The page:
If you are considering hiring a contractor without a personal recommendation, ask the contractor for references from past clients, and do as much background research on them as possible. Look for any complaints (or compliments) online to get a better idea of their track record. There are a number of websites specializing in connecting contractors with people or businesses who need work done. These sites may also allow past clients to submit their own reviews of the contractor.
Before hiring a contractor, make sure you are both in agreement on the project's budget. It's normal for most contractors to charge clients a premium not only for the labor expenses and zoning expertise, but for acquiring the materials as well. Be as clear and concise as possible regarding what you'll be purchasing yourself and what you will be paying the contractor to complete. Homeowners may be able to find a better deal on raw materials when they purchase these directly, but they first need to be sure they aren't buying the wrong things.
Don't forget to discuss how the project will be finalized and what will be done about cleanup. Plans for how the work site will be cleaned at the end of each day as well as at the conclusion of work need to be put in writing. An experienced general contractor should make every effort to keep the workspace clean and prevent dirtying or damaging any other area. Even so, talk with the contractor about the daily schedule, the logistics of transporting workers and equipment, and how cleanup will be handled.
As previously mentioned, you need to make sure to follow any state and local regulations regarding construction work, which includes hiring a licensed or registered general contractor. Ask the contractor for proof of their certification before signing anything, as well as their proof of insurance. You should also check your homeowners insurance policy to see if they offer coverage for contracted work. You may want to call your insurance provider and ask for more details on what your plan will and won't cover.
Perhaps the best way to feel safe about a contractor and the work being done is to hire a contractor you trust. This is why relying on personal references from friends and family is so important, and will often provide a great deal of peace of mind. If you aren't able to obtain a reference, work to conduct extensive research on the contractor as well as the work you are hiring them to perform. This should bring everyone's expectations into alignment and result in a safe work environment.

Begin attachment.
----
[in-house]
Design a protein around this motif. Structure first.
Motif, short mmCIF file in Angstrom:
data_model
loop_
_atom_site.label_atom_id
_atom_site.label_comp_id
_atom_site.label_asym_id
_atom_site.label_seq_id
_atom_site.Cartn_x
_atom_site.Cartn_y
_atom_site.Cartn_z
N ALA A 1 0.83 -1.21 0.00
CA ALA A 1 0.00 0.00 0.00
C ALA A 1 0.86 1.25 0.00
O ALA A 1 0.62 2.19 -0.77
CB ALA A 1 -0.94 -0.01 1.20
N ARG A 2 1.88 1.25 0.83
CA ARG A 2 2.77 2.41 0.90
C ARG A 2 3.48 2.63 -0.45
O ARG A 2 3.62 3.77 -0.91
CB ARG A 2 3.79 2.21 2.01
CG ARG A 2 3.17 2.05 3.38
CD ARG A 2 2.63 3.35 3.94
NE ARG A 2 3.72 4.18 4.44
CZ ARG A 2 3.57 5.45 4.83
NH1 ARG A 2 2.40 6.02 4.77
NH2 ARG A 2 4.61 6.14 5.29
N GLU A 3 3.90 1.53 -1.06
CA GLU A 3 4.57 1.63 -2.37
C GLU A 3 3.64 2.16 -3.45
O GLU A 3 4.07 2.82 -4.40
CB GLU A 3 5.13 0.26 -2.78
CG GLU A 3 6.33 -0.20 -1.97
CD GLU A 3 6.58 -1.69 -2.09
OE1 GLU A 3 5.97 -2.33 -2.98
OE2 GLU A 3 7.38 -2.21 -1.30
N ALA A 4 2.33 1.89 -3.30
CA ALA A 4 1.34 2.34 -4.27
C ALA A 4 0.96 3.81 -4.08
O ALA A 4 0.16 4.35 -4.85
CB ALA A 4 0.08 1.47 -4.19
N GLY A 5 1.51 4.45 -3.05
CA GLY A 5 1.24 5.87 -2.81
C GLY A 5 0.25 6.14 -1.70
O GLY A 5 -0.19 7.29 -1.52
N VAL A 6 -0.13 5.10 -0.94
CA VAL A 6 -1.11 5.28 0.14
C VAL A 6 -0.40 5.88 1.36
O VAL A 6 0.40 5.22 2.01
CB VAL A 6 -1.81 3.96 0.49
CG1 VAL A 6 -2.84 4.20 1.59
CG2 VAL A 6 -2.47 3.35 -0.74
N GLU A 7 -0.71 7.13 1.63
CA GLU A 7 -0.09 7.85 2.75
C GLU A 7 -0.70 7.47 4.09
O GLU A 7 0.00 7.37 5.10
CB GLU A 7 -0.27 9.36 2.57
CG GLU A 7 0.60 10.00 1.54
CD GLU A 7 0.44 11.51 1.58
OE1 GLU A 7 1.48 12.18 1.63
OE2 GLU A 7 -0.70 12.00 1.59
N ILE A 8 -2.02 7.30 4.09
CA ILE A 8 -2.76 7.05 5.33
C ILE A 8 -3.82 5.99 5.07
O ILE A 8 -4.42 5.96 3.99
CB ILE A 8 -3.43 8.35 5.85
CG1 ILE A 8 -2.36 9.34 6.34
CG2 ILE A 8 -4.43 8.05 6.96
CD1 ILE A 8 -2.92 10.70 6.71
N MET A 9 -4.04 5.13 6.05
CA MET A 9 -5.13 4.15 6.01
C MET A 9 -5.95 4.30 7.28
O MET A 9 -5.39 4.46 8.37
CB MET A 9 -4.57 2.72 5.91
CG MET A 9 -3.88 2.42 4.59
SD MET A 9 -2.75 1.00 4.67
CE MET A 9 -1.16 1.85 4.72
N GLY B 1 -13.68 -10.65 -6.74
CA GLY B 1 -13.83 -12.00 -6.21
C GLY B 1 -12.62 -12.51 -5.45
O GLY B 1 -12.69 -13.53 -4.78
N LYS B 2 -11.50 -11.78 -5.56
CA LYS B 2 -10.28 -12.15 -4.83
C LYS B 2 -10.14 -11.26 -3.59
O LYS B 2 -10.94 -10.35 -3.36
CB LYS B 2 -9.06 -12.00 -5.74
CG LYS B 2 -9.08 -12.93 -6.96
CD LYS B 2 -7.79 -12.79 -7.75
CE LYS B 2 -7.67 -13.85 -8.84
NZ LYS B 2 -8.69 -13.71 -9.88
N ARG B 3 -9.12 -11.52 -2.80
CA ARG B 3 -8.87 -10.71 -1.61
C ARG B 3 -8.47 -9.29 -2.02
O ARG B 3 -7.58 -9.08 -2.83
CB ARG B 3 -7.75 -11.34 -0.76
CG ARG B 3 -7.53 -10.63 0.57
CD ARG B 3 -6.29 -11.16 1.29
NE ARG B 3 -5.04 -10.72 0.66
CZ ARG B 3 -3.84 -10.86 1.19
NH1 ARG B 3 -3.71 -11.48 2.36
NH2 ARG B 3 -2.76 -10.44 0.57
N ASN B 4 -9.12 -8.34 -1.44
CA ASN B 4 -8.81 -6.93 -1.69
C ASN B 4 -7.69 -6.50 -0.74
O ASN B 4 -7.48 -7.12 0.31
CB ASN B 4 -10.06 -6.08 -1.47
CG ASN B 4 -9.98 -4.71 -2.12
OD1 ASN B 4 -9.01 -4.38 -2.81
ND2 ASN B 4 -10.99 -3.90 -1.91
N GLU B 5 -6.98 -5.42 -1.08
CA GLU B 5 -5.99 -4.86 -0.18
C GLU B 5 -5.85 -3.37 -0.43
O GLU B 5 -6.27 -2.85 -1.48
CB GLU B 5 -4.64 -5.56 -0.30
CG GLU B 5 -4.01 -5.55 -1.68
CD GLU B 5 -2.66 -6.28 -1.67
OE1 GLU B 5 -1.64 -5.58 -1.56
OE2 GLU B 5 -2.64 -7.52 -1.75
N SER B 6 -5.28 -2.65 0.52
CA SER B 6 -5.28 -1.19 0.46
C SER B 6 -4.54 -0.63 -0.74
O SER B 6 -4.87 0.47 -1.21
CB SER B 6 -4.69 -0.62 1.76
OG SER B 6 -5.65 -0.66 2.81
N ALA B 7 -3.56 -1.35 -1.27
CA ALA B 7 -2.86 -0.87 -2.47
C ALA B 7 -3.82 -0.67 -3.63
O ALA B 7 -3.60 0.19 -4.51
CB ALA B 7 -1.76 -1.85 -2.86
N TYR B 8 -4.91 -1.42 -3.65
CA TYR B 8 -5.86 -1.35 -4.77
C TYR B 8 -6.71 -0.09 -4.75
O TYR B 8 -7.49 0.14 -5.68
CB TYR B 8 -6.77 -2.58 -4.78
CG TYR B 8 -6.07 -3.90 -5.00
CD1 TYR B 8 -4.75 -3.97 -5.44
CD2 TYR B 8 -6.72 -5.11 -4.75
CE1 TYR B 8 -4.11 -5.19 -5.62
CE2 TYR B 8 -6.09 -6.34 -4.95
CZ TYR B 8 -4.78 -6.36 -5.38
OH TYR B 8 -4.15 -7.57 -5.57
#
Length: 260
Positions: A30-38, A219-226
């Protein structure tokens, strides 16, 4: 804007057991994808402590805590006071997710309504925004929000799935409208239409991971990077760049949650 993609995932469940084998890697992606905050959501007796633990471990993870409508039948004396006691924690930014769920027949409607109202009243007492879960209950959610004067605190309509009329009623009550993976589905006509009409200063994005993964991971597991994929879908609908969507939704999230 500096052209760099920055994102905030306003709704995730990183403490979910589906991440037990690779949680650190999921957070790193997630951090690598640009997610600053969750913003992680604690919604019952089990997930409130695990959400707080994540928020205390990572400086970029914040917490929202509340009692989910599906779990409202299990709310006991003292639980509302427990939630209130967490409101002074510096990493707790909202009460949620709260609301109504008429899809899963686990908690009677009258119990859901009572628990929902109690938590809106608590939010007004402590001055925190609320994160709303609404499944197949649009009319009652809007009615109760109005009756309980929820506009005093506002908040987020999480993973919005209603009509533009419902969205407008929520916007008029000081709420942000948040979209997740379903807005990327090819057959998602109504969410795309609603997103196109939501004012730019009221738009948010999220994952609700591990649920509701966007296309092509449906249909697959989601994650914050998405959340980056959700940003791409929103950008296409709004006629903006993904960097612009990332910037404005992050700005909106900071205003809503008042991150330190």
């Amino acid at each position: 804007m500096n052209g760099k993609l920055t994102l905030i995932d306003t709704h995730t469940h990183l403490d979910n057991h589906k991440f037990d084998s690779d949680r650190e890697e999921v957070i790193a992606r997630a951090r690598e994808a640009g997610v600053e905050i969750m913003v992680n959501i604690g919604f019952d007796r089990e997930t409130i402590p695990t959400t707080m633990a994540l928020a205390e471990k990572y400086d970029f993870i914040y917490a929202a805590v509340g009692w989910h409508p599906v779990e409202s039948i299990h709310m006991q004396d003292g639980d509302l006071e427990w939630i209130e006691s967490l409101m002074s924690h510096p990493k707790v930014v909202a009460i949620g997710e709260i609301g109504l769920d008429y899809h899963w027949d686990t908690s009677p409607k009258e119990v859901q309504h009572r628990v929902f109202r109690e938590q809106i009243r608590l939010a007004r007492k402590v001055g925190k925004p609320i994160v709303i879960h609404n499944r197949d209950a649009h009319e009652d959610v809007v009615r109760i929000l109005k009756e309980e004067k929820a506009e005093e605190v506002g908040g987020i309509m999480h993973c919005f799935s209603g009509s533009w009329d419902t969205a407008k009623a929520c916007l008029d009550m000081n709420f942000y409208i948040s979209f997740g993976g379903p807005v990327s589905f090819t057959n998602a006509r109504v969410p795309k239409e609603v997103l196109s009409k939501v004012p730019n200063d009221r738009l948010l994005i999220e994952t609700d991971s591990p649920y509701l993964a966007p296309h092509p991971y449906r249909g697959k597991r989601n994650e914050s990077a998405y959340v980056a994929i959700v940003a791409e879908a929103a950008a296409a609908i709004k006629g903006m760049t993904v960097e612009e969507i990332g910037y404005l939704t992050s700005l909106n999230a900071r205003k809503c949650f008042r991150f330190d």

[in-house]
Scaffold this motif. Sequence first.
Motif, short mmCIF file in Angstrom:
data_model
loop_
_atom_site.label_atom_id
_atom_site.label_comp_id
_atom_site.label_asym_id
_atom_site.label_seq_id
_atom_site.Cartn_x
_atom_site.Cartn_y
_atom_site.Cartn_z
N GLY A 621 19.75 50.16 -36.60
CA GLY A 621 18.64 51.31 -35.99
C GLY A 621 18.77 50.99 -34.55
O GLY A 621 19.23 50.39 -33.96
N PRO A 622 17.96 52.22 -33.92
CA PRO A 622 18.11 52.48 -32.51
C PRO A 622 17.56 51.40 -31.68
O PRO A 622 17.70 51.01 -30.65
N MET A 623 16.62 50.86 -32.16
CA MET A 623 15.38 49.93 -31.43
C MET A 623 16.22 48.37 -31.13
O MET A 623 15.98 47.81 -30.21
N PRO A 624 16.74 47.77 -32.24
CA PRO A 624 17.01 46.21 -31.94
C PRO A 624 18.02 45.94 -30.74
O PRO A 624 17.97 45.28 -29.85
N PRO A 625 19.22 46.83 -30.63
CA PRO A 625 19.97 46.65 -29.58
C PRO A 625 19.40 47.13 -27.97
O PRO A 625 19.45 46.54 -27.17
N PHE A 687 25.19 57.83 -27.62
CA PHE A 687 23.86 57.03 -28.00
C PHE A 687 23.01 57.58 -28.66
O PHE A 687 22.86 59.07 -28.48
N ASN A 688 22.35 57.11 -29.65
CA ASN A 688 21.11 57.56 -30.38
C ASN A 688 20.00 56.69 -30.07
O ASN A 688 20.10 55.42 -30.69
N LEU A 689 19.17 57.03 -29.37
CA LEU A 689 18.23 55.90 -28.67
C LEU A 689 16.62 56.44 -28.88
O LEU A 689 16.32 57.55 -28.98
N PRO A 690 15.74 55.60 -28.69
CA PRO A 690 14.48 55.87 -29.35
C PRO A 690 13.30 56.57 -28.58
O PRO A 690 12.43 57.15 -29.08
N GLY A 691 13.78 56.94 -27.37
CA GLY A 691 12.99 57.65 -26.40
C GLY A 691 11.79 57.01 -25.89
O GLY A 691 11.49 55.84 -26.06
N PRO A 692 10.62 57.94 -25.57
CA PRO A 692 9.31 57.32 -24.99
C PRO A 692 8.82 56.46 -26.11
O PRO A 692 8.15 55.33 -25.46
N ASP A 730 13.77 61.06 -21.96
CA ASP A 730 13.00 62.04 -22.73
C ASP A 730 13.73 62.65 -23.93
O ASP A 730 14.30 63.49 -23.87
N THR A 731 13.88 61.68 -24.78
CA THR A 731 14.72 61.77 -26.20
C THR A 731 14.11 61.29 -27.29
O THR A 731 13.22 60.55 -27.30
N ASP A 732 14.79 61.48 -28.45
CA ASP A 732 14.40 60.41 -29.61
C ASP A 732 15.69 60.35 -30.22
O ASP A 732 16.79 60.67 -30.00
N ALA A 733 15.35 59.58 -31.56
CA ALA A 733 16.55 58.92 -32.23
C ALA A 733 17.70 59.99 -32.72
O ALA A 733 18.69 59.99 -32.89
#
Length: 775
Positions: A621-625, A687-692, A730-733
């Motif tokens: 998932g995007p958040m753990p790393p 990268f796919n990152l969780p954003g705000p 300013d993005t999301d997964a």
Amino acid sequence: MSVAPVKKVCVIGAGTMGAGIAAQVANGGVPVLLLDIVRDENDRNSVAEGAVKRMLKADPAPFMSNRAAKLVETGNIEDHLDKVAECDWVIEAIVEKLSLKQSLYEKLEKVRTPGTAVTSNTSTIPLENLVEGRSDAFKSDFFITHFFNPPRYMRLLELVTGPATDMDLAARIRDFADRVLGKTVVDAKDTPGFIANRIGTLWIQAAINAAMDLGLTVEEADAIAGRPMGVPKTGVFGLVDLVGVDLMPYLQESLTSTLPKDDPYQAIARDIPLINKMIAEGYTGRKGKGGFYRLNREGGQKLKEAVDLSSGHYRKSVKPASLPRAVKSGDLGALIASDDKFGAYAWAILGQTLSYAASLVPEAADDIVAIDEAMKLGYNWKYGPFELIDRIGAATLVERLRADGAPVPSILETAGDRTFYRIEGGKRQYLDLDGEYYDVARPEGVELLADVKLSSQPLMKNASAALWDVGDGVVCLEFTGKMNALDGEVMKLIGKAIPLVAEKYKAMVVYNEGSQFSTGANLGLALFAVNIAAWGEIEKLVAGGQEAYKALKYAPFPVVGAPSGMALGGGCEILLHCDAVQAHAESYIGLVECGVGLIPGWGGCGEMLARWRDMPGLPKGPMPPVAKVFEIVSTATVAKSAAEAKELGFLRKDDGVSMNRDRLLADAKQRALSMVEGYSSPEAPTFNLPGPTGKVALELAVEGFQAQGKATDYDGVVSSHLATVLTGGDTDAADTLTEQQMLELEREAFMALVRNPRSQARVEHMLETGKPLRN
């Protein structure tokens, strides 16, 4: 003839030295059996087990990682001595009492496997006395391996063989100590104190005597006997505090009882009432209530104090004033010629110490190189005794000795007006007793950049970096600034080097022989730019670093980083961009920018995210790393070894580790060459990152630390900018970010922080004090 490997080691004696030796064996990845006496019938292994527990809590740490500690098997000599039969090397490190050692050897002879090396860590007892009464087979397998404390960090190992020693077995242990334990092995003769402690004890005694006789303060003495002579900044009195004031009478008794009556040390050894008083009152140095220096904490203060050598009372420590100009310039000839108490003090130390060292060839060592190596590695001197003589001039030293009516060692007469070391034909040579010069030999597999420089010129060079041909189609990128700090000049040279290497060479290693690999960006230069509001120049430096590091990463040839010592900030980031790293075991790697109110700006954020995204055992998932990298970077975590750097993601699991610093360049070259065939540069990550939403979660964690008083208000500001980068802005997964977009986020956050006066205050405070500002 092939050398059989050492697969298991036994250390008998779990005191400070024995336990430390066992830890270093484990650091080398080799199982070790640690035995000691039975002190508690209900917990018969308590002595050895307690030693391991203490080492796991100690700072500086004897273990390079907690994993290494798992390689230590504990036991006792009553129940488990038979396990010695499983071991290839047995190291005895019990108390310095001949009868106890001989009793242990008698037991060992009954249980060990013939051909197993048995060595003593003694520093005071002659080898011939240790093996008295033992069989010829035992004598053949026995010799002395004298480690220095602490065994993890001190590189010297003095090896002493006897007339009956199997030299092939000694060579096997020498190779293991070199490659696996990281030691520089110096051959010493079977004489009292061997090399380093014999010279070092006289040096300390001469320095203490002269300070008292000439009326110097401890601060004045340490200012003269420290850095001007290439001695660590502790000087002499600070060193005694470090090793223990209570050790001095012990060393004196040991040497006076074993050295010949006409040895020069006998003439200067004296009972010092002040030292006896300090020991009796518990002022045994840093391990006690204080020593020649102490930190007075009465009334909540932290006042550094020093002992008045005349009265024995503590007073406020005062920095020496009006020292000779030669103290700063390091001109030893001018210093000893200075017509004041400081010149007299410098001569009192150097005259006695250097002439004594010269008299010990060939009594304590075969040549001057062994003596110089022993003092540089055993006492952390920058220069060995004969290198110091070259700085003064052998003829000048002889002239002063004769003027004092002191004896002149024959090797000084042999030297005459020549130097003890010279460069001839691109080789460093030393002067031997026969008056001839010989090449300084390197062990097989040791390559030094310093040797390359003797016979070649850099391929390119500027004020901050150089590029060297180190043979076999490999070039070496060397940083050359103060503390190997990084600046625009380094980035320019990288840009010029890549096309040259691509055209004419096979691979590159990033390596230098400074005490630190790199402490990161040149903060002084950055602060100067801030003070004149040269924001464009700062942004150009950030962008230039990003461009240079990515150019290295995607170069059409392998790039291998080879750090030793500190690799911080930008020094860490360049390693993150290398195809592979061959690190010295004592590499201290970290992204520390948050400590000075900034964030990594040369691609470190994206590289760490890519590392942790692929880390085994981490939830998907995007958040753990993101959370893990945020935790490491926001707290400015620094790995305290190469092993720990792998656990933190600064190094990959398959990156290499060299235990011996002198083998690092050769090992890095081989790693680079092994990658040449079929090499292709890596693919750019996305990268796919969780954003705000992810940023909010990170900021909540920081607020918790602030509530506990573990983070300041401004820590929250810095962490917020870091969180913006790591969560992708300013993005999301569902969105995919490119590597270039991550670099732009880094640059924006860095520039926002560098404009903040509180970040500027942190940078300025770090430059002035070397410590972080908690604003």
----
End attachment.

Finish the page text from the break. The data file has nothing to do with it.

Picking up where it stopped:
Before any money changes hands, there should be a contract to sign. Make sure the specifics of the work to be done and all costs are listed in the contract, right down to the most precise details. If you forget to have something included in the contract after signing it, there's rarely a chance of recourse.
Once the specifics of the job are nailed down, be sure to discuss the payment schedule with the contractor. This is important because paying too much up front offers the homeowner minimal leverage if the quality of work does not meet expectations or contractual specifications. Try to establish a reasonable pay schedule with the contractor, such as paying 10 percent of the total cost for each 10 percent of the work that is completed. It's a good idea to include this payment plan in the contract as well.
Finally, look into getting a lien release signed before work begins. If there is ever a dispute regarding payment over the course of the project, a contractor or subcontractor could place a payment claim, or lien, on your property. This can trigger a long legal process that may be frustrating. To avoid this, ask the contractor to sign a lien release, which is a legal agreement that states that any payment accepted is final. This can come in handy if a contractor has his or her own payment issues with their subcontractors. Signing a lien release form certifies that any payment made by a client to the contractor is enough to pay for any goods or services rendered. A lien dispute could also be prevented by performing due diligence prior to picking a contractor, as any contractor with good credit and a long track record of satisfied clients should have no trouble paying for materials and labor once all contract conditions have been met.
Once work is underway, it's never a bad idea to check up on the progress of the job, either by staying in touch with the contractor over the phone or visiting the site in person. If you work with a trustworthy professional, it's probably best to keep your distance and allow everyone to stay busy. If you want to keep an eye on things, make sure workers wear the right safety gear and that everything looks to be moving along according to schedule. Finally, once work is finished and you are satisfied, be sure to thank your contractor and tell friends or family members about your experience.